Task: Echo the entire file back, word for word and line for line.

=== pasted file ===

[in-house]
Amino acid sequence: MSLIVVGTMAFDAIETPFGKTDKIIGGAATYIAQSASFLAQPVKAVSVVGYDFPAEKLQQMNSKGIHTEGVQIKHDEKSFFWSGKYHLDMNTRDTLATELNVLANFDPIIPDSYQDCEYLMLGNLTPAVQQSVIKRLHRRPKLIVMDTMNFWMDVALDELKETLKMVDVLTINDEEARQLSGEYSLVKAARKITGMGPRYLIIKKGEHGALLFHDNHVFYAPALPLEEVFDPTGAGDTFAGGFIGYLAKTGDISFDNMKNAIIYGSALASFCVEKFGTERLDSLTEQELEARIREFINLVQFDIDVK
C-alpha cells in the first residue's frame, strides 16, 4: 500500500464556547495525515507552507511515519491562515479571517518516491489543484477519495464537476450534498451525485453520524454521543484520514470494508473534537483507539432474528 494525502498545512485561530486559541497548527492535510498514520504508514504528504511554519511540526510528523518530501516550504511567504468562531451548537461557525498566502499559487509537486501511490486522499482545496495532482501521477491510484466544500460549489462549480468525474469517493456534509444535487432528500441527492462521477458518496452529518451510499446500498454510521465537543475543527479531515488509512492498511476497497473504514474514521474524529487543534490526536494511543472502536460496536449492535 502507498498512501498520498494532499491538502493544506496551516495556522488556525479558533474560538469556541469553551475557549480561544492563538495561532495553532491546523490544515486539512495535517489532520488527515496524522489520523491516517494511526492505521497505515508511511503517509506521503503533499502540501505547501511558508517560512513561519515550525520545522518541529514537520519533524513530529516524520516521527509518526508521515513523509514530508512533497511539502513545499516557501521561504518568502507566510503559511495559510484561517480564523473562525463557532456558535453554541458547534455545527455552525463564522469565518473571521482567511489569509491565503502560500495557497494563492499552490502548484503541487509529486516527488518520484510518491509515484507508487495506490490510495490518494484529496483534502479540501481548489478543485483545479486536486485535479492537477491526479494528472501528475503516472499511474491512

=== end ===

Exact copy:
[in-house]
Amino acid sequence: MSLIVVGTMAFDAIETPFGKTDKIIGGAATYIAQSASFLAQPVKAVSVVGYDFPAEKLQQMNSKGIHTEGVQIKHDEKSFFWSGKYHLDMNTRDTLATELNVLANFDPIIPDSYQDCEYLMLGNLTPAVQQSVIKRLHRRPKLIVMDTMNFWMDVALDELKETLKMVDVLTINDEEARQLSGEYSLVKAARKITGMGPRYLIIKKGEHGALLFHDNHVFYAPALPLEEVFDPTGAGDTFAGGFIGYLAKTGDISFDNMKNAIIYGSALASFCVEKFGTERLDSLTEQELEARIREFINLVQFDIDVK
C-alpha cells in the first residue's frame, strides 16, 4: 500500500464556547495525515507552507511515519491562515479571517518516491489543484477519495464537476450534498451525485453520524454521543484520514470494508473534537483507539432474528 494525502498545512485561530486559541497548527492535510498514520504508514504528504511554519511540526510528523518530501516550504511567504468562531451548537461557525498566502499559487509537486501511490486522499482545496495532482501521477491510484466544500460549489462549480468525474469517493456534509444535487432528500441527492462521477458518496452529518451510499446500498454510521465537543475543527479531515488509512492498511476497497473504514474514521474524529487543534490526536494511543472502536460496536449492535 502507498498512501498520498494532499491538502493544506496551516495556522488556525479558533474560538469556541469553551475557549480561544492563538495561532495553532491546523490544515486539512495535517489532520488527515496524522489520523491516517494511526492505521497505515508511511503517509506521503503533499502540501505547501511558508517560512513561519515550525520545522518541529514537520519533524513530529516524520516521527509518526508521515513523509514530508512533497511539502513545499516557501521561504518568502507566510503559511495559510484561517480564523473562525463557532456558535453554541458547534455545527455552525463564522469565518473571521482567511489569509491565503502560500495557497494563492499552490502548484503541487509529486516527488518520484510518491509515484507508487495506490490510495490518494484529496483534502479540501481548489478543485483545479486536486485535479492537477491526479494528472501528475503516472499511474491512